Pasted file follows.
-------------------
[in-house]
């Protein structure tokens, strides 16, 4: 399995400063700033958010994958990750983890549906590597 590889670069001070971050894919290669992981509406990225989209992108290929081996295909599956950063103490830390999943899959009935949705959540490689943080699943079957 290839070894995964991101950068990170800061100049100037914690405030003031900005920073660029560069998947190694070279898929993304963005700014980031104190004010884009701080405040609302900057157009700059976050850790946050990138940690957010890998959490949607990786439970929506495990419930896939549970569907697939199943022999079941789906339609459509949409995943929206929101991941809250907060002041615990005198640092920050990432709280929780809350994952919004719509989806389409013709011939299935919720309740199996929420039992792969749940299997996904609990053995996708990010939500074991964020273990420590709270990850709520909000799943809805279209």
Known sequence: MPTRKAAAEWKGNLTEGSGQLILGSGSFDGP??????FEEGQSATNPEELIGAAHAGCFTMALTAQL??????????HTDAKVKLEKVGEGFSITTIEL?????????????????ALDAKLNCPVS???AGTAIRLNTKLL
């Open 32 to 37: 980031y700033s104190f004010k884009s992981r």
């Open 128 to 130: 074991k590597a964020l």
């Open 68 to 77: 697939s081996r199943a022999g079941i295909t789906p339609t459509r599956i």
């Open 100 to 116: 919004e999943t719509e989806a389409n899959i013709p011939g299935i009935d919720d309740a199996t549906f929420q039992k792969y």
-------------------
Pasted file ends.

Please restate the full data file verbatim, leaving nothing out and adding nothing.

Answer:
[in-house]
């Protein structure tokens, strides 16, 4: 399995400063700033958010994958990750983890549906590597 590889670069001070971050894919290669992981509406990225989209992108290929081996295909599956950063103490830390999943899959009935949705959540490689943080699943079957 290839070894995964991101950068990170800061100049100037914690405030003031900005920073660029560069998947190694070279898929993304963005700014980031104190004010884009701080405040609302900057157009700059976050850790946050990138940690957010890998959490949607990786439970929506495990419930896939549970569907697939199943022999079941789906339609459509949409995943929206929101991941809250907060002041615990005198640092920050990432709280929780809350994952919004719509989806389409013709011939299935919720309740199996929420039992792969749940299997996904609990053995996708990010939500074991964020273990420590709270990850709520909000799943809805279209």
Known sequence: MPTRKAAAEWKGNLTEGSGQLILGSGSFDGP??????FEEGQSATNPEELIGAAHAGCFTMALTAQL??????????HTDAKVKLEKVGEGFSITTIEL?????????????????ALDAKLNCPVS???AGTAIRLNTKLL
């Open 32 to 37: 980031y700033s104190f004010k884009s992981r």
């Open 128 to 130: 074991k590597a964020l």
């Open 68 to 77: 697939s081996r199943a022999g079941i295909t789906p339609t459509r599956i």
């Open 100 to 116: 919004e999943t719509e989806a389409n899959i013709p011939g299935i009935d919720d309740a199996t549906f929420q039992k792969y």